What's So Bad About LDL?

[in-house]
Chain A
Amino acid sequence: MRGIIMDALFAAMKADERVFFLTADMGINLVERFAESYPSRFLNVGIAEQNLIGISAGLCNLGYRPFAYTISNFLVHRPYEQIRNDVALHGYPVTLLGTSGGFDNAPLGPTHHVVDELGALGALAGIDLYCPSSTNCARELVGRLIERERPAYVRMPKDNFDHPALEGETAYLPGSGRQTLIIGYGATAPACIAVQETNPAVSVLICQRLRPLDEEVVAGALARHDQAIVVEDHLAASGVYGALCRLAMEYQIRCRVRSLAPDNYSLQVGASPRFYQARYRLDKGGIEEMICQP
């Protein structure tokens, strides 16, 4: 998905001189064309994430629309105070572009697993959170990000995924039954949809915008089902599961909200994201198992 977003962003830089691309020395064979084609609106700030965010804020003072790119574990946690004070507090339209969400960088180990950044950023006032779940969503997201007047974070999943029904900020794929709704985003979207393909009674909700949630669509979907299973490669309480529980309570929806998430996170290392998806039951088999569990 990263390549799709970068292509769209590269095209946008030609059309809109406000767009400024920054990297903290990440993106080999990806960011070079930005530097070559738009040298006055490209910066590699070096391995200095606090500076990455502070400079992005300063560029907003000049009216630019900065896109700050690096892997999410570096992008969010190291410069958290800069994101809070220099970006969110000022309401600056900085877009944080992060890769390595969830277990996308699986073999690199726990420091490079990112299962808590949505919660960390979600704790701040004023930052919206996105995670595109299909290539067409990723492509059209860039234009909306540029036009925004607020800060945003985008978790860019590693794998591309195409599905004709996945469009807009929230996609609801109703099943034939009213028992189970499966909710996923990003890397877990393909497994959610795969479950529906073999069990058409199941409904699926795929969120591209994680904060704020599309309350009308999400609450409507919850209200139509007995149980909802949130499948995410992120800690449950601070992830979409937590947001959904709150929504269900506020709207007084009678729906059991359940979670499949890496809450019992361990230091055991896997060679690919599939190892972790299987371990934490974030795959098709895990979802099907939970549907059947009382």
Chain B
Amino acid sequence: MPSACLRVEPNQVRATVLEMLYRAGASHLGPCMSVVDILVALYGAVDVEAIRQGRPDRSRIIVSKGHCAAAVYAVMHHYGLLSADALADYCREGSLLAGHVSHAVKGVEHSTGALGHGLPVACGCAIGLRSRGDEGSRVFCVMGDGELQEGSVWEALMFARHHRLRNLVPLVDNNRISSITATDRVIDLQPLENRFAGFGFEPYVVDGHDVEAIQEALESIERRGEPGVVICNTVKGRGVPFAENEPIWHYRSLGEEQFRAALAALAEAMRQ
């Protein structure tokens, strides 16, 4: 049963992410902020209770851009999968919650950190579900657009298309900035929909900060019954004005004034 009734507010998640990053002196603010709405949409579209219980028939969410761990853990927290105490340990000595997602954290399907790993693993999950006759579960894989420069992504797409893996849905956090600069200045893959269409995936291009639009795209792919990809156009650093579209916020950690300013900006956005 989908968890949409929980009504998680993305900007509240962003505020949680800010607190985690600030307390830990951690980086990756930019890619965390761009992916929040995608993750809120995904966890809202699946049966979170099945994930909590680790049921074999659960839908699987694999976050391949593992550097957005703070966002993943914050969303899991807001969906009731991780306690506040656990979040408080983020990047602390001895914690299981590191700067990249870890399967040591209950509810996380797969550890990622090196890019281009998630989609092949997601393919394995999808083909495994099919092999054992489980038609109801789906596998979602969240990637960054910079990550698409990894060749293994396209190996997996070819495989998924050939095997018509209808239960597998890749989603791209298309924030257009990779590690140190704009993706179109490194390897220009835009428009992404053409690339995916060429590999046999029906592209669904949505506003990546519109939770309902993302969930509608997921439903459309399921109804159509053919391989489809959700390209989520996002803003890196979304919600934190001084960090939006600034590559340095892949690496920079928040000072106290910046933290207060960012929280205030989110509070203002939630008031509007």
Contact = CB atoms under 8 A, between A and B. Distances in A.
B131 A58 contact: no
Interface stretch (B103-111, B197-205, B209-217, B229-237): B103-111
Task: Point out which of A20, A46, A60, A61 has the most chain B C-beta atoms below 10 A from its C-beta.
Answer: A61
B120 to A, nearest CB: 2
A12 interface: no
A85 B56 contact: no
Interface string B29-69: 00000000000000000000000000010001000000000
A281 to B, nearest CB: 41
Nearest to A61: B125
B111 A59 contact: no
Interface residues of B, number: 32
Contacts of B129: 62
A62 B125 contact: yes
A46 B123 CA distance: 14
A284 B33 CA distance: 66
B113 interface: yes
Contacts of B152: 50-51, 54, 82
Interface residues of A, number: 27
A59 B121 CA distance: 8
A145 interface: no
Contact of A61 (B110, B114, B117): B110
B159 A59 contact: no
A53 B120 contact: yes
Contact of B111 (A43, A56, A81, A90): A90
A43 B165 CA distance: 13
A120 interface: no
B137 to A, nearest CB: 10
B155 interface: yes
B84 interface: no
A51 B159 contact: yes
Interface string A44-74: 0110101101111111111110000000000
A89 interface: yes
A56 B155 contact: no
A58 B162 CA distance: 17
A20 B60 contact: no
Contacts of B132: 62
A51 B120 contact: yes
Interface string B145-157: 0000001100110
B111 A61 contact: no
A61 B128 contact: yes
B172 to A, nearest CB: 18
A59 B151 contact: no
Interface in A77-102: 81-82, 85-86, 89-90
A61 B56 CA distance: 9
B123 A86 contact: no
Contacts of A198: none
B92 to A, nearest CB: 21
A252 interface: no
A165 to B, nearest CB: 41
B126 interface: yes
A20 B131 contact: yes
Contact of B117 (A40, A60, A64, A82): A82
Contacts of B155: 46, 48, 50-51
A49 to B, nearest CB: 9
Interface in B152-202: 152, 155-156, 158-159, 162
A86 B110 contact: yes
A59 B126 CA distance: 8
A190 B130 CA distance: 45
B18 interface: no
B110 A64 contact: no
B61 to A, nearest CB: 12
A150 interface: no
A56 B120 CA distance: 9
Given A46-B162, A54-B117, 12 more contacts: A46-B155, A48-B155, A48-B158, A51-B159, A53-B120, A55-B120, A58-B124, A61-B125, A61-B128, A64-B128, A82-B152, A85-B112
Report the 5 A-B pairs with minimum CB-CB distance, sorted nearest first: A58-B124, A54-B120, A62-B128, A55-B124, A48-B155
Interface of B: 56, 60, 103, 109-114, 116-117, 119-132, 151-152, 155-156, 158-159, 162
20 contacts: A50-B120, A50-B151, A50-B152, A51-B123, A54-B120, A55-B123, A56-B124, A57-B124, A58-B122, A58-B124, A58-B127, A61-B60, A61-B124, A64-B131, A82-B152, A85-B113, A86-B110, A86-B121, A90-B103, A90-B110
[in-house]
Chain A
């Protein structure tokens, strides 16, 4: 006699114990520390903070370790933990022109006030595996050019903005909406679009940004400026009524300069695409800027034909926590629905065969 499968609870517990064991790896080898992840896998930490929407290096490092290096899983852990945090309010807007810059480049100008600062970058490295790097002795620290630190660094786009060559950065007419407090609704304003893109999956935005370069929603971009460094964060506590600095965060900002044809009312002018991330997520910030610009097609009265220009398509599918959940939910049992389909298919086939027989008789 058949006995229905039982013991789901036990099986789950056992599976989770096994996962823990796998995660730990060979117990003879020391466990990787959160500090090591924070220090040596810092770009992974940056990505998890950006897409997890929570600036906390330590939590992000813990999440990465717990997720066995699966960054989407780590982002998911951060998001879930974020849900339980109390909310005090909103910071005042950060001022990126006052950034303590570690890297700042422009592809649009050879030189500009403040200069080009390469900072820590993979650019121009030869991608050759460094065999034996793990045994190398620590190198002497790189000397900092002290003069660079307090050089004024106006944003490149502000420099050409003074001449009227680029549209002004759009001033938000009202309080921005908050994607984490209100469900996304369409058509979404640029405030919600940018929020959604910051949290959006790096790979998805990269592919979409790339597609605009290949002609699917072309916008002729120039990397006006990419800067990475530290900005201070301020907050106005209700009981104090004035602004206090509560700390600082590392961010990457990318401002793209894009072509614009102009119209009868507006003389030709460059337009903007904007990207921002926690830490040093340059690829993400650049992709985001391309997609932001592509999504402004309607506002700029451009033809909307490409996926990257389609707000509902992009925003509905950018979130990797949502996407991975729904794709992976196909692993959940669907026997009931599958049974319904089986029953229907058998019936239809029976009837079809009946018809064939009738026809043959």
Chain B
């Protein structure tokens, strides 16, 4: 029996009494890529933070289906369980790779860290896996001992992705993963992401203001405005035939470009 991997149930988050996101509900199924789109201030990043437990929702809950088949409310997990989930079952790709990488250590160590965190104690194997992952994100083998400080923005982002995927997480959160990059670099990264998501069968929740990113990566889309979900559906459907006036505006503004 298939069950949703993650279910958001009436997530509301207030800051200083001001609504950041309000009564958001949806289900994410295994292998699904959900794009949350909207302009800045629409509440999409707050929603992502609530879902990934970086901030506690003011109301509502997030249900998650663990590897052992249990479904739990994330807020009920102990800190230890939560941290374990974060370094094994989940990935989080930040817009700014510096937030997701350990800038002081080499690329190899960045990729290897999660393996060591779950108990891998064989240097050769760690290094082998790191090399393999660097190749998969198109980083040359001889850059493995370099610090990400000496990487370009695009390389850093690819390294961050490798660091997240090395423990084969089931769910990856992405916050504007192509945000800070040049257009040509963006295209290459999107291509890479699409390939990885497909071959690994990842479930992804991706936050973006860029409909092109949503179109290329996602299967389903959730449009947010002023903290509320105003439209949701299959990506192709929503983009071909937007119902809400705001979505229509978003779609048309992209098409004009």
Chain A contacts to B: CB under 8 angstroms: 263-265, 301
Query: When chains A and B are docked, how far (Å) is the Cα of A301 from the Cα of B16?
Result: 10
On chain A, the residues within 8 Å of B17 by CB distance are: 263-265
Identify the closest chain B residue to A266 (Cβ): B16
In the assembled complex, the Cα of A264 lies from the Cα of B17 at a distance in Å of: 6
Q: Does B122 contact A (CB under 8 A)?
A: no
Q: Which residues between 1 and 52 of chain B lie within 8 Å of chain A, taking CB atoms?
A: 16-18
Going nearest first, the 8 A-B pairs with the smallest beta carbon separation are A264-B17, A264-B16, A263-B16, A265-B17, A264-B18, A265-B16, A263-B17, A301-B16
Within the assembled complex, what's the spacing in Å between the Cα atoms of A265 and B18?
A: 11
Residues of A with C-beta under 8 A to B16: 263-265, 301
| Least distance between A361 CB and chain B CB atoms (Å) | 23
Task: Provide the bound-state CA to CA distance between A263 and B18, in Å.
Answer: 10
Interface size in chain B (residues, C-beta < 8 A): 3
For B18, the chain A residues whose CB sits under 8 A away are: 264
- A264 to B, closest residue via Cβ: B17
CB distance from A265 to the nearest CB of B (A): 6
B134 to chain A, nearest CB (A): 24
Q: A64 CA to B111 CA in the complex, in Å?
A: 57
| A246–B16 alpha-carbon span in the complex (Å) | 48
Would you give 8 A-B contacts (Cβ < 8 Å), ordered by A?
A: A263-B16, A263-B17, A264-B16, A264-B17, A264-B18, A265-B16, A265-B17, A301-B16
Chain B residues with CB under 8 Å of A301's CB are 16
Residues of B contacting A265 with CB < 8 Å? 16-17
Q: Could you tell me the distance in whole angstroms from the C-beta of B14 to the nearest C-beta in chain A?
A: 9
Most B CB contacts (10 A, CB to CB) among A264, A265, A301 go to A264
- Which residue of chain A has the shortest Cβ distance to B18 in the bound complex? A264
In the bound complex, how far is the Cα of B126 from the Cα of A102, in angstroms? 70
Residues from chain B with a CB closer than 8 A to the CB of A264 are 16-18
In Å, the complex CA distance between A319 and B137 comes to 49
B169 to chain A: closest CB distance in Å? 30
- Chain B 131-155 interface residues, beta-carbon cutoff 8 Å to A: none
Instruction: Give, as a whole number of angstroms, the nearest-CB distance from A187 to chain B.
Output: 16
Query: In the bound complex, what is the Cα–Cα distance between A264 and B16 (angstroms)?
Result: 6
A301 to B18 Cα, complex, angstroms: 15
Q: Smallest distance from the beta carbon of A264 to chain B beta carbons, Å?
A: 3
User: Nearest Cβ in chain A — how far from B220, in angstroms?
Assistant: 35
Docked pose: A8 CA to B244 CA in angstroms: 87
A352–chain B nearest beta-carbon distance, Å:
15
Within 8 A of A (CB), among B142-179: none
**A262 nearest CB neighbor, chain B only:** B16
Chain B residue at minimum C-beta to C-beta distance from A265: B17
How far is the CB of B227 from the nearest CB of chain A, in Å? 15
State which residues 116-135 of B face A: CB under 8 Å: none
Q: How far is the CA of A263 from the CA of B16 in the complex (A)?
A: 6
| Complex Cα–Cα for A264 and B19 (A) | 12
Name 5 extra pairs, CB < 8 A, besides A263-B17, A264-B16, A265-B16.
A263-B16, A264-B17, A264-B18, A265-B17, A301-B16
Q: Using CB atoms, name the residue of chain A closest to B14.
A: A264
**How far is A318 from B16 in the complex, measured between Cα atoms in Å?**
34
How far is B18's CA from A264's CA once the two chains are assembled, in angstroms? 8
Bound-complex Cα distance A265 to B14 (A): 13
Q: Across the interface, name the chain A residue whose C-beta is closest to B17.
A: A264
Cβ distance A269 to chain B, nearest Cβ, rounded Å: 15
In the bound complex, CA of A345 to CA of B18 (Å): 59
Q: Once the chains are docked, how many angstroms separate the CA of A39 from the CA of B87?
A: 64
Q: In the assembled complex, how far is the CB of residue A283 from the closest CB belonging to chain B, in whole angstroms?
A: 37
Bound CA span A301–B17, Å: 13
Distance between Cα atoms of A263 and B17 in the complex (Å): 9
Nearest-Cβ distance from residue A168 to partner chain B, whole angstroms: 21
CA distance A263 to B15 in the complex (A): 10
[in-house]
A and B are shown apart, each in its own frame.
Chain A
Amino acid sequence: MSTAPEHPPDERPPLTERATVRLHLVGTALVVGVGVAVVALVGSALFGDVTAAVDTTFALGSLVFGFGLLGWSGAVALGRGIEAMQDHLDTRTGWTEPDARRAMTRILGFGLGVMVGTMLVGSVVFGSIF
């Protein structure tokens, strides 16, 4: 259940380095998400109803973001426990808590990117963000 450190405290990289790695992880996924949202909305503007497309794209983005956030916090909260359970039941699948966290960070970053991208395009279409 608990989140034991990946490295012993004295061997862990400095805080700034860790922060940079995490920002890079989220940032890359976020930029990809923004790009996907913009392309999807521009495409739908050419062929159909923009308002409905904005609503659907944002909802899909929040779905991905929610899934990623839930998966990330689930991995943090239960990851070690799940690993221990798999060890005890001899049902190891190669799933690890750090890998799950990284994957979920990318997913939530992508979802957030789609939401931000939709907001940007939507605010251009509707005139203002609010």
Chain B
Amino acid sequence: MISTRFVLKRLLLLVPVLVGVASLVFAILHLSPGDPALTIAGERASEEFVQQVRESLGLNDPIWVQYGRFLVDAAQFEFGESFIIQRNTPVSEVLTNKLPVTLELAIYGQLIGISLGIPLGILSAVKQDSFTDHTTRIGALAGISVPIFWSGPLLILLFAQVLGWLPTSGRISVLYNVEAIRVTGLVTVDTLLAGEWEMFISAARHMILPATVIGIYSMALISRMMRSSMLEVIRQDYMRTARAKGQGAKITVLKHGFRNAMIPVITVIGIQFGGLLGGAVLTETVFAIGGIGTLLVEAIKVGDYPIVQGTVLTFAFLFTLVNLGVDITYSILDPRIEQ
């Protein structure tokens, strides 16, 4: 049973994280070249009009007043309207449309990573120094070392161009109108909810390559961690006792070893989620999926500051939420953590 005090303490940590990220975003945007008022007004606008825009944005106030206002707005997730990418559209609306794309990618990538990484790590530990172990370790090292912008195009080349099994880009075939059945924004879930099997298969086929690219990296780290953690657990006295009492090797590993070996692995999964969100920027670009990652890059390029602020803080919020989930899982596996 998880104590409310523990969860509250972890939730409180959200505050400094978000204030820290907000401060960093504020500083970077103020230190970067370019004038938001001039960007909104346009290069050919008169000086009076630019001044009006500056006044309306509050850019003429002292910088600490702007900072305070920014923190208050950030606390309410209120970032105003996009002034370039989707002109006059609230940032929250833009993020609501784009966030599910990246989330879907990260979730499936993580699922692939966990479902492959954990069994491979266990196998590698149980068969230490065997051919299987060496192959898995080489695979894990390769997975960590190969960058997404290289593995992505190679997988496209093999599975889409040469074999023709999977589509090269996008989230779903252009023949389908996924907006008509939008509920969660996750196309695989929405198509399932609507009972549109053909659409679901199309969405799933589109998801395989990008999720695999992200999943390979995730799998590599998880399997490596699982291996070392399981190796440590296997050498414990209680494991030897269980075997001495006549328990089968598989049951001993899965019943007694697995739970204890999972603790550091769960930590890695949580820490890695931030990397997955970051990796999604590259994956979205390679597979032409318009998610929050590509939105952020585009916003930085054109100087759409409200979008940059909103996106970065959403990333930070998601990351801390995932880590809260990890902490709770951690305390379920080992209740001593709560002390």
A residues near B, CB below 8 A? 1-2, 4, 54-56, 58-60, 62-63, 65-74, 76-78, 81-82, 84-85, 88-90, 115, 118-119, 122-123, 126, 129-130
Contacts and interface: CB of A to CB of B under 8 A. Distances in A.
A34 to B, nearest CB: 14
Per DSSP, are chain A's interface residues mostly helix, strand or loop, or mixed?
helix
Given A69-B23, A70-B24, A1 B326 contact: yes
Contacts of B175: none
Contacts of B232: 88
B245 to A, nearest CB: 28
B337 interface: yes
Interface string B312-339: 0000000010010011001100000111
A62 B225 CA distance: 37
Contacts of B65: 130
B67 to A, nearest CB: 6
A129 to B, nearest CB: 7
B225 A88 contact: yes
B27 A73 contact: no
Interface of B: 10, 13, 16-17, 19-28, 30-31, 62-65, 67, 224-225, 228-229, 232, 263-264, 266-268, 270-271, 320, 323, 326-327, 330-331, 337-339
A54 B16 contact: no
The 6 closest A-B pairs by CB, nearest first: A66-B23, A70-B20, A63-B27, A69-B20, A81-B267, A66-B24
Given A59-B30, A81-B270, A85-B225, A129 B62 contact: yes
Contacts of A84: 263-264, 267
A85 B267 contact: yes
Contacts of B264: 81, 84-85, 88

Cholesterol has become a huge buzzword among physicians who are constantly warning their patients about the dangers of high cholesterol. Too much cholesterol contributes to hardening of the arteries. Essentially it can lead to heart disease, which is the top killer of adults in the United States. Total cholesterol should be no higher than 200 mg/dL. LDL levels should not exceed 100 mg/dL. But what makes for "good" and "bad" cholesterol? Low-density lipoproteins might be a mouthful, but it's an important term to familiarize yourself with. Lipoproteins are what carry cholesterol through the bloodstream, and LDL cholesterol tends to build up on the walls of the arteries that feed the heart and brain. Arteries can harden and get blocked as a result of this plaque buildup and cause a heart attack or stroke, which is why LDL is the "bad" cholesterol.